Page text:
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Introduction to Structural Equations with Latent Variables |

In addition to the chi-square test, there are many other statistics for assessing the goodness of fit of the predicted correlation or covariance matrix to the observed matrix.

Akaike's (1987) information criterion (AIC) and Schwarz's (1978) Bayesian criterion (SBC) are useful for comparing models with different numbers of parameters -the model with the smallest value of AIC or SBC is considered best. Based on both theoretical considerations and various simulation studies, SBC seems to work better, since AIC tends to select models with too many parameters when the sample size is large.

There are many descriptive measures of goodness of fit that are scaled to range approximately from zero to one: the goodness of fit index (GFI) and GFI adjusted for degrees of freedom (AGFI) (Jreskog and Srbom 1988), centrality (McDonald 1989), and the parsimonious fit index (James, Mulaik, and Brett 1982). Bentler and Bonett (1980) and Bollen (1986) have proposed measures for comparing the goodness of fit of one model with another in a descriptive rather than inferential sense.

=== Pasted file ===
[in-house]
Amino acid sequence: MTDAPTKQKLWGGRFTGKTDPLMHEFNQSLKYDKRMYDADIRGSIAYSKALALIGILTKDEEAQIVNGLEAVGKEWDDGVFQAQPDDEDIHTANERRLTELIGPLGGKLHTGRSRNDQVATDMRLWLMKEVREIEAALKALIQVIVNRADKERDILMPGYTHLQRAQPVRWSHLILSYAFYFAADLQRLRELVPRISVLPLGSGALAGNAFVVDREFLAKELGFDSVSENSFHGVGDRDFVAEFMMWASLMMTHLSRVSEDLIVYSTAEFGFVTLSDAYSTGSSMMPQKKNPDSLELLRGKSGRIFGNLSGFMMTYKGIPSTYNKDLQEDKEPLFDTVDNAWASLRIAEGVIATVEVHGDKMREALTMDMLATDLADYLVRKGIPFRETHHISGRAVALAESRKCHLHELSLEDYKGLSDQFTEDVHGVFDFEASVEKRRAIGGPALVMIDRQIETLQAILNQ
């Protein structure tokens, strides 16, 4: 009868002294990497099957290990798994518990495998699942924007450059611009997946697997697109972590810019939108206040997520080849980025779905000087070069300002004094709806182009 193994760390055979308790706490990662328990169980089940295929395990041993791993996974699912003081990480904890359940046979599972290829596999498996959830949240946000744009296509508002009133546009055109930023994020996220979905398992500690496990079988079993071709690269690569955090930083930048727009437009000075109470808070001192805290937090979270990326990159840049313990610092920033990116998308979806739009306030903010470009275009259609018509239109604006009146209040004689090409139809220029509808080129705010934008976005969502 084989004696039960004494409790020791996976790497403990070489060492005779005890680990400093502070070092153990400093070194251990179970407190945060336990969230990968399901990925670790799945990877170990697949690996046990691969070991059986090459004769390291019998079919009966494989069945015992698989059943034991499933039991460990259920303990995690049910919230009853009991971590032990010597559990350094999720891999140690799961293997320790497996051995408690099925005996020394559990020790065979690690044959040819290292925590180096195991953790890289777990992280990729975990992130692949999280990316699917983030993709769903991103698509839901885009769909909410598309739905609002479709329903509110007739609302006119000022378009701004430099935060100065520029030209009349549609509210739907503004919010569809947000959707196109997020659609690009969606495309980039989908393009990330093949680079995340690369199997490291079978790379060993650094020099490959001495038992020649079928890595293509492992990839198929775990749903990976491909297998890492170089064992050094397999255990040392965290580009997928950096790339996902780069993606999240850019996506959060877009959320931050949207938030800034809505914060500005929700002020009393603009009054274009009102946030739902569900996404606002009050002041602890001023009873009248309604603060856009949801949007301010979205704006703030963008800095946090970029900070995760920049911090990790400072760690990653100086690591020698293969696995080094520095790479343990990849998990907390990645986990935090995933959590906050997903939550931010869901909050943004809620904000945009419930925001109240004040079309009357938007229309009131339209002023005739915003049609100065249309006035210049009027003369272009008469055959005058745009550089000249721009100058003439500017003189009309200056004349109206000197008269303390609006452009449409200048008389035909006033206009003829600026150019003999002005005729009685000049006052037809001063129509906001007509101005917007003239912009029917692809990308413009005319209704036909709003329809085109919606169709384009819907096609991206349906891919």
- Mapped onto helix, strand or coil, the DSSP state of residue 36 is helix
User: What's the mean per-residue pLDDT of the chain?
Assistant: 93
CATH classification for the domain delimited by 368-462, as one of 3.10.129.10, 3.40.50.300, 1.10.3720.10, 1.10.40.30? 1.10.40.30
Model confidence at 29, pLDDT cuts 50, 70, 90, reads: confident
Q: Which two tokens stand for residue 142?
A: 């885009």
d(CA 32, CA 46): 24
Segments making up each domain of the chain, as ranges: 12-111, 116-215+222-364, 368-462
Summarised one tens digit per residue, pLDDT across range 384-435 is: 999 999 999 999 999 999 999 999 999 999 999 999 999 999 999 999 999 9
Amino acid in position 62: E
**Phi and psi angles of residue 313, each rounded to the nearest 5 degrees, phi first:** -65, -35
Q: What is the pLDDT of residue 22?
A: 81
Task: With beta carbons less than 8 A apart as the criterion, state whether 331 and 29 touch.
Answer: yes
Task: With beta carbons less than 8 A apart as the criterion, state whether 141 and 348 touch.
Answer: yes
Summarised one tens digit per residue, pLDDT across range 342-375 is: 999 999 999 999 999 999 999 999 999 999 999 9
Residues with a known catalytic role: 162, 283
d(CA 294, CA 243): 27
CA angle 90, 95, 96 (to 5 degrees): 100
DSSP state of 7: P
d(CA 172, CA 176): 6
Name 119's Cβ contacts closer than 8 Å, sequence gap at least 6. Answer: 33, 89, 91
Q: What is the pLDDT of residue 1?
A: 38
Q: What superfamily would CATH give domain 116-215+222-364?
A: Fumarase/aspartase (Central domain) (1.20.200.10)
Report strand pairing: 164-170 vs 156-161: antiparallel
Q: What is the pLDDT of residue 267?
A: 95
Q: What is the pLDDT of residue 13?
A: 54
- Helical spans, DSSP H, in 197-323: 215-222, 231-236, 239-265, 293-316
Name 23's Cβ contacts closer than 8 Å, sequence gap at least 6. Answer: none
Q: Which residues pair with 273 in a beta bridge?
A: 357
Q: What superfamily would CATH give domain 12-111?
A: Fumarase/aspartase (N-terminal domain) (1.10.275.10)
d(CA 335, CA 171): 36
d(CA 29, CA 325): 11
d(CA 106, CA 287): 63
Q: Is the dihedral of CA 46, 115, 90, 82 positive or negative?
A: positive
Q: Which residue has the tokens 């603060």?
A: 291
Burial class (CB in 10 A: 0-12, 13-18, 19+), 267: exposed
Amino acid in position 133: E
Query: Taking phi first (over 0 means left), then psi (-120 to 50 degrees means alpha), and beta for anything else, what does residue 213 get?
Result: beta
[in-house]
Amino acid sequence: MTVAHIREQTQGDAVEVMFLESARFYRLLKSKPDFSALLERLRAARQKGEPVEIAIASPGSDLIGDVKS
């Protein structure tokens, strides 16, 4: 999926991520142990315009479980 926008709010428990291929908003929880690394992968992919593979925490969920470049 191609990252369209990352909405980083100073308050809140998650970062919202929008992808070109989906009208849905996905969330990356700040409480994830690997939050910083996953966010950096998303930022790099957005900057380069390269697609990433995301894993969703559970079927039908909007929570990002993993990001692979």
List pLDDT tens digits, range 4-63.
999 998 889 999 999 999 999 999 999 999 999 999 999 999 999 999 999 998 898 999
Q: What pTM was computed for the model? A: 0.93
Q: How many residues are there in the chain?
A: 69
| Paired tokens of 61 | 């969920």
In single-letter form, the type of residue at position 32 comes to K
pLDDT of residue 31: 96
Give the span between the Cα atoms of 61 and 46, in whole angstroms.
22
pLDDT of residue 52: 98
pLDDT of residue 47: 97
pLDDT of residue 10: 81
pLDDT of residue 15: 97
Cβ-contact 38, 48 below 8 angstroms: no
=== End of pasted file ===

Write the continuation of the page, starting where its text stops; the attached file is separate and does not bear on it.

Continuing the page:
None of these measures of goodness of fit are related to
the goodness of prediction of the structural equations.
Goodness of fit is assessed by comparing the observed
correlation or covariance matrix with the matrix
computed from the model and parameter estimates.
Goodness of prediction is assessed by comparing the actual
values of the endogenous variables with their predicted
values, usually in terms of root mean squared error
or proportion of variance accounted for (*R ^{2}*).
For latent endogenous variables, root mean squared error
and

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